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  1. #1

    Default Do men's noses get less sensitive with age?

    I just read this somewhere and being 56 it was not good news. I'm hoping someone with more experience can clarify this.

  2. #2

    Default Re: Do men's noses get less sensitive with age?

    The sense of smell and taste tends to fade with age no matter what gender. But staying healthy will do a lot to combat this. Eat real food, do deep breathing, lots of vegetables and "green food". The more raw food I eat, the keener my sense of smell. I notice a huge difference in how I smell things depending on what my diets been like, and I'm only 21.

    I know people in their 80's who can barely taste or smell anything, and other people the same age who can smell things from miles away. The former are almost crippled, but the latter have kept themselves in good shape.

  3. #3

    Default Re: Do men's noses get less sensitive with age?

    Quote Originally Posted by Maxwell View Post
    I'm only 21.

    I know people in their 80's who can barely taste or smell anything, and other people the same age who can smell things from miles away. The former are almost crippled, but the latter have kept themselves in good shape.
    I was in such good shape when i was 21 that I could do 13 things at once and got by on 3 hours sleep per night just like the great US inventor Thomas Edison (lightbulb). Edison thought sleep was a waste of time. What I'm getting at is that great health is a luxury that not everyone can afford or is blessed with. There are plenty of cripples who had no choice about their condition.

    Just one example: My father used to boast in a very good fashioned way about never getting sick or having a cavity. He was diagnosed with Parkinson's disease at the age of 60 and died 9 yrs later. His sense of taste was excellent because he enjoyed his shnapps right till the end.

    Getting back to smell. I asked specifically about men because women are a lot different than men. Their flexibility into middle age fascinates me and I find quite appealing. I hope they don't always notice how I smell because I have been known to get a bit gamey now and then.
    Last edited by fredricktoo; 26th November 2007 at 06:54 PM.

  4. #4

    Default Re: Do men's noses get less sensitive with age?

    Decades ago there was a big smell-survey carried out by the National Geographic magazine. As far as I can remember, among the conclusions there was that the ability to smell 'correctly' is getting worse by age. There is one thing I can remember very vividly: of the six samples they sent to the readers, without the correct description of the smell, one was that of the famous propan-butan gas smell. And a very high percent of the elderly people found it not offensive. Which was a clear indicaton of why a relatively high number of old people would die when there is a gas-leakage.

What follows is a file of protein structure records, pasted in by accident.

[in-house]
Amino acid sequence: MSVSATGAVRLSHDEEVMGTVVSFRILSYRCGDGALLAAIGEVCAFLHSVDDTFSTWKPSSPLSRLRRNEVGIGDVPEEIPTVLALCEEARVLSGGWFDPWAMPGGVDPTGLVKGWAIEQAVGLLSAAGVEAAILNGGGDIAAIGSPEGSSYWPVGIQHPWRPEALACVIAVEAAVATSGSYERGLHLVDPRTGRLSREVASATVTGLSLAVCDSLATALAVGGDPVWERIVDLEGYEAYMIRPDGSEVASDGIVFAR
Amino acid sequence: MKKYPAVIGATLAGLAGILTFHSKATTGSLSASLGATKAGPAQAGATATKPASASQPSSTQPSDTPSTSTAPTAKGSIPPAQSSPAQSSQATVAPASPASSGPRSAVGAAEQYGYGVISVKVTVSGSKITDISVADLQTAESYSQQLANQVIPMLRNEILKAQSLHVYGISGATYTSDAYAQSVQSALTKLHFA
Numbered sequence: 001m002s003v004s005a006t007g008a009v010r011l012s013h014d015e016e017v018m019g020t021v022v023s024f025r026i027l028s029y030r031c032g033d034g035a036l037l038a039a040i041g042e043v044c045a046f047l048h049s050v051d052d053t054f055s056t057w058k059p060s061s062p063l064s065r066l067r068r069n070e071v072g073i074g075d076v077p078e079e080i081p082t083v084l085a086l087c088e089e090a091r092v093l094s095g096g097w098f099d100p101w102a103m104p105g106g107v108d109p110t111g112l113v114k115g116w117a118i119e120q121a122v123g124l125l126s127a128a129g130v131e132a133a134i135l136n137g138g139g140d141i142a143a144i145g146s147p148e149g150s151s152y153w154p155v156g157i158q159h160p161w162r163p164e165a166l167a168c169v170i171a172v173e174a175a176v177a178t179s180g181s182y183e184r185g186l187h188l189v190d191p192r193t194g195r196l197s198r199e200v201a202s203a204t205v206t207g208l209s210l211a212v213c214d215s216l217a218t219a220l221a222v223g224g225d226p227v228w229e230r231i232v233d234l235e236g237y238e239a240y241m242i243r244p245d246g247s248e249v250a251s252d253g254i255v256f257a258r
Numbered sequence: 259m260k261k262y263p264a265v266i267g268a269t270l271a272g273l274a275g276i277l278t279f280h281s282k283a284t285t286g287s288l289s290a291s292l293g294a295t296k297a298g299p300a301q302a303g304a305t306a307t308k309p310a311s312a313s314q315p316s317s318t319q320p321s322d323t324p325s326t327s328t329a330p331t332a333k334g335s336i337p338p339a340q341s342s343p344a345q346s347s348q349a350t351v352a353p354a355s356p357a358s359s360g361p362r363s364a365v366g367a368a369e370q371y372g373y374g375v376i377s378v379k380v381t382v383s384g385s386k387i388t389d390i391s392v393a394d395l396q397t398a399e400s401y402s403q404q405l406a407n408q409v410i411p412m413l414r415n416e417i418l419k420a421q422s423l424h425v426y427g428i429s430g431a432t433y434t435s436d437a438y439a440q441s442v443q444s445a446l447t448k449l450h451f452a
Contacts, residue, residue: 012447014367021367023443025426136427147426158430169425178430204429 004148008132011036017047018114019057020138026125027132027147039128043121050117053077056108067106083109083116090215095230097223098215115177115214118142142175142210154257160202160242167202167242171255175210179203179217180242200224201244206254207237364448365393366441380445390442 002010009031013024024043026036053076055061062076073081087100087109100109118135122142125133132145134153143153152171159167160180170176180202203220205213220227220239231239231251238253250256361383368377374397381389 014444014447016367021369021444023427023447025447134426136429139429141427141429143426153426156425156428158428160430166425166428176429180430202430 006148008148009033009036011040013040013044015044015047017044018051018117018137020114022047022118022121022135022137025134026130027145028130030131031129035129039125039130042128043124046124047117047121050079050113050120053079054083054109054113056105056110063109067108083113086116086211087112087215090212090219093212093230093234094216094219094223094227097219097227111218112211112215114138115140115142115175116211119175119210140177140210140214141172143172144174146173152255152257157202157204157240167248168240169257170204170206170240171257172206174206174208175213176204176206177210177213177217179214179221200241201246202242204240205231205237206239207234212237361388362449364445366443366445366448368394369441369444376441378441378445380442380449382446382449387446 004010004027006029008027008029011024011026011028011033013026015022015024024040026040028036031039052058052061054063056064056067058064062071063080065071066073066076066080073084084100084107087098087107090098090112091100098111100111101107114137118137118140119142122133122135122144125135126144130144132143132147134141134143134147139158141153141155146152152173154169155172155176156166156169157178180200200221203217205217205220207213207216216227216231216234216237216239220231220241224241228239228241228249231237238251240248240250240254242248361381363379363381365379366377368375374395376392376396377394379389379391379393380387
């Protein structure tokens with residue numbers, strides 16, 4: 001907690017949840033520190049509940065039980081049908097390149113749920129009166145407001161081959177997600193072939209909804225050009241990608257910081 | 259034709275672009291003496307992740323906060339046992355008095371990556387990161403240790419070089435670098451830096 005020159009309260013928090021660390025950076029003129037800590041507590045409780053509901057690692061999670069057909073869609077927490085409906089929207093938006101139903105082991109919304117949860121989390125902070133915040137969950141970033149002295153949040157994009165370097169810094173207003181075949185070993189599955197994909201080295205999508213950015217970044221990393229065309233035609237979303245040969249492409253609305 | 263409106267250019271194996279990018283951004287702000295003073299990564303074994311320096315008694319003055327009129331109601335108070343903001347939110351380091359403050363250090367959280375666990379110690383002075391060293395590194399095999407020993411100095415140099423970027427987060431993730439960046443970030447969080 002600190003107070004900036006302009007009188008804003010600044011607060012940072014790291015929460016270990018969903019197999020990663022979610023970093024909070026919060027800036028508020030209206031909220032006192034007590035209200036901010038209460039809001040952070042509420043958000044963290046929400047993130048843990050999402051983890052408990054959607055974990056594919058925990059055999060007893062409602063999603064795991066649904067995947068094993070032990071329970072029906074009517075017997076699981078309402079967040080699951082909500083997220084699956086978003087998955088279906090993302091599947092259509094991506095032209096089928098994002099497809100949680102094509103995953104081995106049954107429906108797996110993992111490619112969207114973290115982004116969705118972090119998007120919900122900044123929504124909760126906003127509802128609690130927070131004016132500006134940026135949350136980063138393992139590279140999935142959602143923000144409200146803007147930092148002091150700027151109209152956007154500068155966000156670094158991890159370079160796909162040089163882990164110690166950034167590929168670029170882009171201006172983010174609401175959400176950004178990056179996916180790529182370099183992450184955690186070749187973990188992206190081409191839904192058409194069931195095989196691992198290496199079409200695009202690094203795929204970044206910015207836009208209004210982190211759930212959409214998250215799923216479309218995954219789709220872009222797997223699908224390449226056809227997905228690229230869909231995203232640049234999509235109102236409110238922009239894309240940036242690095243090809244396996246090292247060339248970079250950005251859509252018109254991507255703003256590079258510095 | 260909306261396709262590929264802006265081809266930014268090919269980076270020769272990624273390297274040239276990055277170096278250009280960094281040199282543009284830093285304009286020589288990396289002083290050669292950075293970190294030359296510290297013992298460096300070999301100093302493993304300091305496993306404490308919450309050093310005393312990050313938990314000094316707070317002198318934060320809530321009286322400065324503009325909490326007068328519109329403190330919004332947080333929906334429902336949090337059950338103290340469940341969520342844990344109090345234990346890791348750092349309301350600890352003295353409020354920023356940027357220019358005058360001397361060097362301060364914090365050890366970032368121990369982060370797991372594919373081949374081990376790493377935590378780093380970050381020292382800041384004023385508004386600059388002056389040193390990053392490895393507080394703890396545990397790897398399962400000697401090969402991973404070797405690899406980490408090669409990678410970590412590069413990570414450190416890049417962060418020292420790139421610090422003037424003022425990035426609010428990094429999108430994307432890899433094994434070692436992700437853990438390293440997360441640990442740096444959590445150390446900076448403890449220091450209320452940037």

5. #5

    Default Re: Do men's noses get less sensitive with age?

    Quote Originally Posted by fredricktoo View Post
    I was in such good shape when i was 21 that I could do 13 things at once and got by on 3 hours sleep per night just like the great US inventor Thomas Edison (lightbulb). Edison thought sleep was a waste of time. What I'm getting at is that great health is a luxury that not everyone can afford or is blessed with. There are plenty of cripples who had no choice about their condition.

    Just one example: My father used to boast in a very good fashioned way about never getting sick or having a cavity. He was diagnosed with Parkinson's disease at the age of 60 and died 9 yrs later. His sense of taste was excellent because he enjoyed his shnapps right till the end.

    Getting back to smell. I asked specifically about men because women are a lot different than men. Their flexibility into middle age fascinates me and I find quite appealing. I hope they don't always notice how I smell because I have been known to get a bit gamey now and then.
    I didn't mean crippled literally, that was a bad choice of words on my part. I mean that they have not exercised in years, eat steaks and mashed potatoes at every meal (with a huge dessert after every meal), and generally don't take care of themselves (and haven't for many years). And now their senses are deadened. Contrast that with the active and healthy elders I know who have full sensory ability.

    I don't mean people who have degenerative diseases, but people in a poor state of health due to inactivity and negligence.

    But 60 is pretty young, so it makes sense that your father would still have had a good sense of taste. I mean more like the 75+ age bracket. I believe that's generally when habits throughout life start to take the most toll.

    I do know that it's more common for woman to lose their sense of taste and smell with age, and for men they tend to lose their hearing.
    Last edited by Maxwell; 27th November 2007 at 12:41 AM.

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